• author
    • Gary Huerta

      Columnist
    • November 26, 2013 in Columnists

    This just in…

    In national news: Thursday is not just Thanksgiving. It’s the day millions of Americans will sit down with family to express gratitude, renew and revisit old arguments and grudges with insane relatives, and feast on dried-out, overcooked turkeys.

    Since I love a good old-fashioned blood feud, I would never offer any advice on how to avoid familial conflicts. What would Monday’s return back to work be without gathering around the water cooler and comparing whose holiday was more dysfunctional? It’s the little things I so relish.

    Of course, helping to rid the world of birds that are more foul than fowl has been, and will continue to be, is something I am most passionate about. Some people want to cure global warming. I want an international ban on those stupid little red pop-up thermometers that America has become so dependent upon.

    Even more diabolical are the individuals who think their turkey must go in the oven at the crack of dawn and remain there until Black Friday. Who cooks like this, you ask? My ex-wife’s mother for one. Jesus. I count not having to endure my mother-in-law’s turkey as one of the biggest wins of being divorced.

    To rid the world of shoe-leather white meat, I have a tradition of publishing the most sure-fire, perfect method of cooking a turkey known to man. Since its discovery about 12 years ago, I have been in charge of making the turkey for our family and have helped countless others see their way toward a better bird. As an extra added bonus (as if perfect meat wasn’t enough), it’s about the easiest recipe I’ve ever encountered. No basting. No elaborate stuffing. No magic rubs. It’s just you and your bird, baby!

    So without any further fanfare, here’s the easiest way to ensure your bird is the talk of the town.

    Preheat the oven to 500 degrees. What? That’s right. You heard me. 500 degrees. Trust me. Give in. Resistance is futile. Keep reading.

    Wash the bird inside and out with cold water and pat it dry with paper towels. Your bird is the guest of honor at dinner, so you want it nice and clean. If your bird has one of those ridiculous plastic thermometers, take it out. You won’t need it ever again.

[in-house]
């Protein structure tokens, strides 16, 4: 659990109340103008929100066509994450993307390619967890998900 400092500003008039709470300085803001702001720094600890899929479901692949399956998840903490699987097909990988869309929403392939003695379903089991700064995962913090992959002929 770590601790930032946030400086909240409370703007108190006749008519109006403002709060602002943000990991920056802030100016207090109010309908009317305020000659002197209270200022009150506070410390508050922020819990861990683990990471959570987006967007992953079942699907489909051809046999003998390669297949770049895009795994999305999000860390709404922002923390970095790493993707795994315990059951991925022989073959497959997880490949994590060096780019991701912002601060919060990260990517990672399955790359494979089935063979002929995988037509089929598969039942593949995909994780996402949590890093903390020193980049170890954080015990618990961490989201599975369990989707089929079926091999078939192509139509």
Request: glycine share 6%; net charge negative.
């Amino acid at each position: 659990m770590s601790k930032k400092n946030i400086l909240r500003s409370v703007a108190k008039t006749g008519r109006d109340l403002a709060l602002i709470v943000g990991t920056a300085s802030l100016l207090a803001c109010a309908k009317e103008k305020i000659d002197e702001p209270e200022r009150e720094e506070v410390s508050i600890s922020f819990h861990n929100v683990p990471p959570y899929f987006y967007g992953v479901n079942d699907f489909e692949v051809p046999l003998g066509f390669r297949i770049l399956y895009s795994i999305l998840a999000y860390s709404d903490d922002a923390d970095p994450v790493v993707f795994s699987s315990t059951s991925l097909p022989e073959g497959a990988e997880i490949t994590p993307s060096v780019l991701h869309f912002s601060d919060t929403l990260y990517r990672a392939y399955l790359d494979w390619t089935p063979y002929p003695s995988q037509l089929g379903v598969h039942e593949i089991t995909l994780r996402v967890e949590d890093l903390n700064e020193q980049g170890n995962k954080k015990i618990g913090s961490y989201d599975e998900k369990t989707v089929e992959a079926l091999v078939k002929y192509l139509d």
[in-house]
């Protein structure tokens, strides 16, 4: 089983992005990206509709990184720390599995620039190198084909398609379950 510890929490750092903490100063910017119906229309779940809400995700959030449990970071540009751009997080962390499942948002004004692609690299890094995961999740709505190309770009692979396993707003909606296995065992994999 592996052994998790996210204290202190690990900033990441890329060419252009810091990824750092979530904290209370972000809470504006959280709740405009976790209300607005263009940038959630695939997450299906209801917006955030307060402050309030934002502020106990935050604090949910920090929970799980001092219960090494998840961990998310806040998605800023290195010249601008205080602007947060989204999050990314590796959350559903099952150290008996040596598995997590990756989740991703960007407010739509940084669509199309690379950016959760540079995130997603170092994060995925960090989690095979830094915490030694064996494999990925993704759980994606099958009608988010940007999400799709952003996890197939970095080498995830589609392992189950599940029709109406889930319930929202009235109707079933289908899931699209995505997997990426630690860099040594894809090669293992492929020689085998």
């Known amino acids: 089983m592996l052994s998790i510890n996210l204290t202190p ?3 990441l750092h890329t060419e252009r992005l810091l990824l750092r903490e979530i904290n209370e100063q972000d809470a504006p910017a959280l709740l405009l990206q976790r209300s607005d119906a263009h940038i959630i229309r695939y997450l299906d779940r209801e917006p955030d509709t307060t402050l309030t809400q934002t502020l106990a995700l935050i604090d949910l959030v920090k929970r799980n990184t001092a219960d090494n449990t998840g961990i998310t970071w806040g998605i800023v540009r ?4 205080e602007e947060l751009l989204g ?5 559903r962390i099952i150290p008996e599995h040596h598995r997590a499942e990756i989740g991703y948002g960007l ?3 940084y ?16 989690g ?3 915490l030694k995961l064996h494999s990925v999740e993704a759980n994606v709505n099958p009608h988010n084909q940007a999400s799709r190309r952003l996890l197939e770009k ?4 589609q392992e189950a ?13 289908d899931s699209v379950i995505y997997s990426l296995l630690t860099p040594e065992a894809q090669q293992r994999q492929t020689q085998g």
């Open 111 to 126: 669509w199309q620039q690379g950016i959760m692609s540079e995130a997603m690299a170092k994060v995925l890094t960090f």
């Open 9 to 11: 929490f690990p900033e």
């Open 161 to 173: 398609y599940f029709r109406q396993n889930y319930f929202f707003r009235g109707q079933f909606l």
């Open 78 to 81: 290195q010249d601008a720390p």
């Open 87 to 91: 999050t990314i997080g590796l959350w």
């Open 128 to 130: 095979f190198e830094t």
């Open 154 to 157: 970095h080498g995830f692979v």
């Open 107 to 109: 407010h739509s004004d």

Stuff the bird with aromatic things like fresh rosemary, thyme, oranges and lemons. DO NOT PUT GRAMMY’S SAUSAGE STUFFING IN THAT CREVICE!

    Rub the bird vigorously with salt and a little canola oil. How vigorously? Pretend you and Lady Cluck Cluck are a couple of daring 18-year-olds in the back seat of your Oldsmobile. Get frisky, man! Again, no sausage stuffing, please. This is foreplay, not Last Tango in paris!

    Before putting the bird in the oven, mold a triangular foil shield, shiny side out, over the breast area. You’ll want to use thick foil and really press it to the shape of the bird. Once you’ve got the foil molded, pull it off and put it somewhere where it won’t get thrown out or crushed.

    I know, the foil shield sounds like you getting your bird ready to blend in with the other 130,000 geeks who attend Comic Con. But making your bird look like an Area 51 dork is a big key to success, because this little trick allows the white meat to hide under that foil and cook at a lower temperature than the dark meat.

    With the shield safely tucked away, stick it in that 500 degree oven for about 30 minutes to brown the skin and seal in the juices. After that, take the bird out and put the pre-molded foil shield on the breast and reduce the oven temperature to 325 degrees. That’s right, we take the oven temperature back to normal, so calm the f*ck down.

    Pretty easy so far, right? It’s about to get easier. NO BASTING. That’s right. Do not open the oven for at least a few hours. Go make yourself a cocktail. Make two. Get your blood alcohol to a sufficient level so that you cannot be held accountable when you “accidentally” make a pass at your uncle’s new girlfriend.

    All that remains is to give your bird about 15 minutes per pound to finish cooking. If you remember one thing it’s this: COOK BY TEMPERATURE, NOT BY TIME. When the breast meat is 165 degrees, your turkey is done. A turkey does not need to cook all day. Be sure to check in on your bird about 30 minutes before you think it will be done, because the 15 minutes per pound thing is an estimate, not scripture. You can always add more time but there is no going backwards. Once that breast meat hits the magic 165, you are done. Take it out of the oven, cover it to keep kitchen poachers at bay and let it rest for at least 30 minutes before cutting.

    When it comes time to cut your perfectly cooked turkey, be sure to take a look at how the pros do it. Regardless of whether he’s a self-proclaimed expert in Samurai swordplay, don’t let your brother-in-law carve it at the table. This video from Whole Foods shows you how to carve and present your masterpiece:

    Follow these steps and your turkey will be awesome. And my life’s work will be that much closer to completion.

    Have a Happy Thanksgiving.



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